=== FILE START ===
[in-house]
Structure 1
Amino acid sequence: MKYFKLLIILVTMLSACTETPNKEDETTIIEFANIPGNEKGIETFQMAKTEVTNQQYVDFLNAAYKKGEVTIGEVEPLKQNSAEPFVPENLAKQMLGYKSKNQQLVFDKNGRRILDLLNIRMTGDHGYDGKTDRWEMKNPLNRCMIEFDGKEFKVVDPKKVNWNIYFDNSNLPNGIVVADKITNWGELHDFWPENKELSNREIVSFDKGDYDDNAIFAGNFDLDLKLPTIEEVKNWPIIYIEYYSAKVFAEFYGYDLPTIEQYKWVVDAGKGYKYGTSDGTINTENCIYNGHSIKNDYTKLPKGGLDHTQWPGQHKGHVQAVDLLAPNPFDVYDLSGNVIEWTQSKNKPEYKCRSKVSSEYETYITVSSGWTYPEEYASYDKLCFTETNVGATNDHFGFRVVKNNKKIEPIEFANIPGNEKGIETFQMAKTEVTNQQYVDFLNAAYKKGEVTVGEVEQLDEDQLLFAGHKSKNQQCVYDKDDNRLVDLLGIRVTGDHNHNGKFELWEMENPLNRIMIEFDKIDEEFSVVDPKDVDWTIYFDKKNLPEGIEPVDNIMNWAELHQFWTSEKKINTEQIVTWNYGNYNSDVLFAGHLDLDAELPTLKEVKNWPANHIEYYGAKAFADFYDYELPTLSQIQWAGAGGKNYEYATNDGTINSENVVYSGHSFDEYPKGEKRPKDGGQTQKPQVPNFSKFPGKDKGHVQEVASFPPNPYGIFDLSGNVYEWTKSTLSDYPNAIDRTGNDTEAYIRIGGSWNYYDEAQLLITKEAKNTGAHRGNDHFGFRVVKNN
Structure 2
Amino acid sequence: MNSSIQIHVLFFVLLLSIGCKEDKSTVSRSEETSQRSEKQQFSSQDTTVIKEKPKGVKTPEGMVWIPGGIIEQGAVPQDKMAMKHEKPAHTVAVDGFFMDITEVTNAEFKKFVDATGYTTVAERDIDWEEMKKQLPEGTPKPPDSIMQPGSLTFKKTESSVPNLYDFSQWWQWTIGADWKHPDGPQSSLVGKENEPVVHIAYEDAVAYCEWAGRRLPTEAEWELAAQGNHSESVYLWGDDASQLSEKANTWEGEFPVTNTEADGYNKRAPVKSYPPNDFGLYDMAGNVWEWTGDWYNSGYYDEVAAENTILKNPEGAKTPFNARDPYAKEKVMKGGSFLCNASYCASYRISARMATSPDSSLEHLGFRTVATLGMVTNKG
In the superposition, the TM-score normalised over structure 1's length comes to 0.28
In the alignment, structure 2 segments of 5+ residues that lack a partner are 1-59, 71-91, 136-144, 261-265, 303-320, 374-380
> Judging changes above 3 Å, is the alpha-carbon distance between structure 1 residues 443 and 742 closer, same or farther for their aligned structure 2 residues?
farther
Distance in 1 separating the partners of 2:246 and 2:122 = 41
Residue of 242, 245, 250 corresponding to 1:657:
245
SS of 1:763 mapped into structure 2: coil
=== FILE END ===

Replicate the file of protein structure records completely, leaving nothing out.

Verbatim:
[in-house]
Structure 1
Amino acid sequence: MKYFKLLIILVTMLSACTETPNKEDETTIIEFANIPGNEKGIETFQMAKTEVTNQQYVDFLNAAYKKGEVTIGEVEPLKQNSAEPFVPENLAKQMLGYKSKNQQLVFDKNGRRILDLLNIRMTGDHGYDGKTDRWEMKNPLNRCMIEFDGKEFKVVDPKKVNWNIYFDNSNLPNGIVVADKITNWGELHDFWPENKELSNREIVSFDKGDYDDNAIFAGNFDLDLKLPTIEEVKNWPIIYIEYYSAKVFAEFYGYDLPTIEQYKWVVDAGKGYKYGTSDGTINTENCIYNGHSIKNDYTKLPKGGLDHTQWPGQHKGHVQAVDLLAPNPFDVYDLSGNVIEWTQSKNKPEYKCRSKVSSEYETYITVSSGWTYPEEYASYDKLCFTETNVGATNDHFGFRVVKNNKKIEPIEFANIPGNEKGIETFQMAKTEVTNQQYVDFLNAAYKKGEVTVGEVEQLDEDQLLFAGHKSKNQQCVYDKDDNRLVDLLGIRVTGDHNHNGKFELWEMENPLNRIMIEFDKIDEEFSVVDPKDVDWTIYFDKKNLPEGIEPVDNIMNWAELHQFWTSEKKINTEQIVTWNYGNYNSDVLFAGHLDLDAELPTLKEVKNWPANHIEYYGAKAFADFYDYELPTLSQIQWAGAGGKNYEYATNDGTINSENVVYSGHSFDEYPKGEKRPKDGGQTQKPQVPNFSKFPGKDKGHVQEVASFPPNPYGIFDLSGNVYEWTKSTLSDYPNAIDRTGNDTEAYIRIGGSWNYYDEAQLLITKEAKNTGAHRGNDHFGFRVVKNN
Structure 2
Amino acid sequence: MNSSIQIHVLFFVLLLSIGCKEDKSTVSRSEETSQRSEKQQFSSQDTTVIKEKPKGVKTPEGMVWIPGGIIEQGAVPQDKMAMKHEKPAHTVAVDGFFMDITEVTNAEFKKFVDATGYTTVAERDIDWEEMKKQLPEGTPKPPDSIMQPGSLTFKKTESSVPNLYDFSQWWQWTIGADWKHPDGPQSSLVGKENEPVVHIAYEDAVAYCEWAGRRLPTEAEWELAAQGNHSESVYLWGDDASQLSEKANTWEGEFPVTNTEADGYNKRAPVKSYPPNDFGLYDMAGNVWEWTGDWYNSGYYDEVAAENTILKNPEGAKTPFNARDPYAKEKVMKGGSFLCNASYCASYRISARMATSPDSSLEHLGFRTVATLGMVTNKG
In the superposition, the TM-score normalised over structure 1's length comes to 0.28
In the alignment, structure 2 segments of 5+ residues that lack a partner are 1-59, 71-91, 136-144, 261-265, 303-320, 374-380
> Judging changes above 3 Å, is the alpha-carbon distance between structure 1 residues 443 and 742 closer, same or farther for their aligned structure 2 residues?
farther
Distance in 1 separating the partners of 2:246 and 2:122 = 41
Residue of 242, 245, 250 corresponding to 1:657:
245
SS of 1:763 mapped into structure 2: coil